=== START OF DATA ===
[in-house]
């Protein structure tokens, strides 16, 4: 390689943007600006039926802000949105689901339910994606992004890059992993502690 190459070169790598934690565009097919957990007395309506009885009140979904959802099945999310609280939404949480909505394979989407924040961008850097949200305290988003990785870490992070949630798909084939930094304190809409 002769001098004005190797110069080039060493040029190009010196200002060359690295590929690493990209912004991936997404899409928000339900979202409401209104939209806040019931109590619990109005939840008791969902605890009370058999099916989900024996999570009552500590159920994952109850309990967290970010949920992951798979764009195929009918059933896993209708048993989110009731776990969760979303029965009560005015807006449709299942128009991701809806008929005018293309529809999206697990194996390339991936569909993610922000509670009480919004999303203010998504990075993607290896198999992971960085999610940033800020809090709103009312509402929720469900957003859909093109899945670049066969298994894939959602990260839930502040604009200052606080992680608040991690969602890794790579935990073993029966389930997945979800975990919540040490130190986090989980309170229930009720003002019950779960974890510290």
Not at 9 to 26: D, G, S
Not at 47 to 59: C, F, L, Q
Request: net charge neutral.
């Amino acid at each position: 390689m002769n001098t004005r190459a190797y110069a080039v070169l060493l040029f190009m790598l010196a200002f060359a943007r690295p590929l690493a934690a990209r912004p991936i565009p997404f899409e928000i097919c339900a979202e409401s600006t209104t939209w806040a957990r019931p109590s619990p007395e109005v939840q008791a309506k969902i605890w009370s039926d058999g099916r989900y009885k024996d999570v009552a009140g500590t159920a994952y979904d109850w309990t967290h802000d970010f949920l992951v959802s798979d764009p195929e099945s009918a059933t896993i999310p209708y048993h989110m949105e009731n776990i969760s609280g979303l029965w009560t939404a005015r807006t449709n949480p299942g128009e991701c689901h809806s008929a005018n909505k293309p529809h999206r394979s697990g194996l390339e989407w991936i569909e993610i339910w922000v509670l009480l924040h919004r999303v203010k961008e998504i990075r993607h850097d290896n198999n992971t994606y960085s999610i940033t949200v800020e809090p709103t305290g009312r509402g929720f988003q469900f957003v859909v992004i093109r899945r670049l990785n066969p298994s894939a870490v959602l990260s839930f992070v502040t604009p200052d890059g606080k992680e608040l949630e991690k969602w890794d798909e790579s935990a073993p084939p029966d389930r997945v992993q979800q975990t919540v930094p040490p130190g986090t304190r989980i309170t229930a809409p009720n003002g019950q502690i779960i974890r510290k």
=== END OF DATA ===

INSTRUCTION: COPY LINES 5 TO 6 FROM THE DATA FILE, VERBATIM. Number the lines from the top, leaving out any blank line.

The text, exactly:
Request: net charge neutral.
């Amino acid at each position: 390689m002769n001098t004005r190459a190797y110069a080039v070169l060493l040029f190009m790598l010196a200002f060359a943007r690295p590929l690493a934690a990209r912004p991936i565009p997404f899409e928000i097919c339900a979202e409401s600006t209104t939209w806040a957990r019931p109590s619990p007395e109005v939840q008791a309506k969902i605890w009370s039926d058999g099916r989900y009885k024996d999570v009552a009140g500590t159920a994952y979904d109850w309990t967290h802000d970010f949920l992951v959802s798979d764009p195929e099945s009918a059933t896993i999310p209708y048993h989110m949105e009731n776990i969760s609280g979303l029965w009560t939404a005015r807006t449709n949480p299942g128009e991701c689901h809806s008929a005018n909505k293309p529809h999206r394979s697990g194996l390339e989407w991936i569909e993610i339910w922000v509670l009480l924040h919004r999303v203010k961008e998504i990075r993607h850097d290896n198999n992971t994606y960085s999610i940033t949200v800020e809090p709103t305290g009312r509402g929720f988003q469900f957003v859909v992004i093109r899945r670049l990785n066969p298994s894939a870490v959602l990260s839930f992070v502040t604009p200052d890059g606080k992680e608040l949630e991690k969602w890794d798909e790579s935990a073993p084939p029966d389930r997945v992993q979800q975990t919540v930094p040490p130190g986090t304190r989980i309170t229930a809409p009720n003002g019950q502690i779960i974890r510290k």